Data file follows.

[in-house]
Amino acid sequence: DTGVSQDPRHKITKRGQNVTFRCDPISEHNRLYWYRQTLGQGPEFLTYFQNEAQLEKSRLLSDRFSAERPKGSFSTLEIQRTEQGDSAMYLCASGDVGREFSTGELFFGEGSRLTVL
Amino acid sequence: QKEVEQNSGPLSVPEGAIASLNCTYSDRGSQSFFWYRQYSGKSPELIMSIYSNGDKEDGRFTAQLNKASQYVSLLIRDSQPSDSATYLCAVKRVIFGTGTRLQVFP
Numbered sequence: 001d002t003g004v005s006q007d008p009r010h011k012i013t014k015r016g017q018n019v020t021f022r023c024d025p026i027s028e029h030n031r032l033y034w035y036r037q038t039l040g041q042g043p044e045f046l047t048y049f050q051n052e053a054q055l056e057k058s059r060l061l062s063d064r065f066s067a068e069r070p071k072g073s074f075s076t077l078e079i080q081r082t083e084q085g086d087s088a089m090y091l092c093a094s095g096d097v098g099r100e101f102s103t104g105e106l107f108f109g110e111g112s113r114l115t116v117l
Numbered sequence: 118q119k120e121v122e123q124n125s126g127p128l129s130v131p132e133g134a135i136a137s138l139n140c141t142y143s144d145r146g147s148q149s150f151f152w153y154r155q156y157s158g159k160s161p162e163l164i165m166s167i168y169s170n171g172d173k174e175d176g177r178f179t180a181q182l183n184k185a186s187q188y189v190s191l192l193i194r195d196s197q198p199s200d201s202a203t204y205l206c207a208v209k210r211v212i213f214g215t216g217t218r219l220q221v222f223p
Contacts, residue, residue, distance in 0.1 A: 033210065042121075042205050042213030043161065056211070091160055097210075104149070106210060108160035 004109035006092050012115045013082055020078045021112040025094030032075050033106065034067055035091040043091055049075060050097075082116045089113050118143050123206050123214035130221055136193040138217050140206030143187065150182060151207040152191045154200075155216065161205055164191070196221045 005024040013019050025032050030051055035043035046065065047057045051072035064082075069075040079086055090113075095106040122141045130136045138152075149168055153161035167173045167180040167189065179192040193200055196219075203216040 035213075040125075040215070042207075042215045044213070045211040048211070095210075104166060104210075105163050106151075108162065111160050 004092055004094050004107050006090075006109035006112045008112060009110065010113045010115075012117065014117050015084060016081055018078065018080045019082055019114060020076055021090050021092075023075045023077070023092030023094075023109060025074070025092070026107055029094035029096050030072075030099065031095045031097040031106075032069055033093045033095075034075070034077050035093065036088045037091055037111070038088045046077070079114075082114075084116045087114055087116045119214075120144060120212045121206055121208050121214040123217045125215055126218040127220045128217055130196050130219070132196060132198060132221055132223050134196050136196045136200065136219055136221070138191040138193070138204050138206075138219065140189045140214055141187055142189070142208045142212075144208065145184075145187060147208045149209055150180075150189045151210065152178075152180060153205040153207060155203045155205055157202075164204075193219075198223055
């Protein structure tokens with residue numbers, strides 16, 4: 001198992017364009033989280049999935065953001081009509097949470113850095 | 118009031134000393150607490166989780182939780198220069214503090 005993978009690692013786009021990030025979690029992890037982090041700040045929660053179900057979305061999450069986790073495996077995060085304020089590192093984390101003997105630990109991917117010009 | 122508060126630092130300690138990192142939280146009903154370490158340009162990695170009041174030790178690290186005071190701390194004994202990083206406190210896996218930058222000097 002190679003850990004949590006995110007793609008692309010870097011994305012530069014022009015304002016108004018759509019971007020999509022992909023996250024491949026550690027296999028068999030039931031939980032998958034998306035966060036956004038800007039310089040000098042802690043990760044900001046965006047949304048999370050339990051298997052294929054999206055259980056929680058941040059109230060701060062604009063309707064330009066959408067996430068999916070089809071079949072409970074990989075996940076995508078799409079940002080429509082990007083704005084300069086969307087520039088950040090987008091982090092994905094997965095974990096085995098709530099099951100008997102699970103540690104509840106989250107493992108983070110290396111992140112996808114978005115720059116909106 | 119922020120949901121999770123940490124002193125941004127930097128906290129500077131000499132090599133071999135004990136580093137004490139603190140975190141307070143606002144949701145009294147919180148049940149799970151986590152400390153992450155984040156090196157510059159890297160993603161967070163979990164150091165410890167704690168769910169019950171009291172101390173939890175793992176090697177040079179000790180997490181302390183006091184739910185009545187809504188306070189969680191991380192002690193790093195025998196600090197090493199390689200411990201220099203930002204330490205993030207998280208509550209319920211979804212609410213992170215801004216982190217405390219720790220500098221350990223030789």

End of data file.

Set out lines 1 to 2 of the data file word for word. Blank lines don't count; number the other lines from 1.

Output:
[in-house]
Amino acid sequence: DTGVSQDPRHKITKRGQNVTFRCDPISEHNRLYWYRQTLGQGPEFLTYFQNEAQLEKSRLLSDRFSAERPKGSFSTLEIQRTEQGDSAMYLCASGDVGREFSTGELFFGEGSRLTVL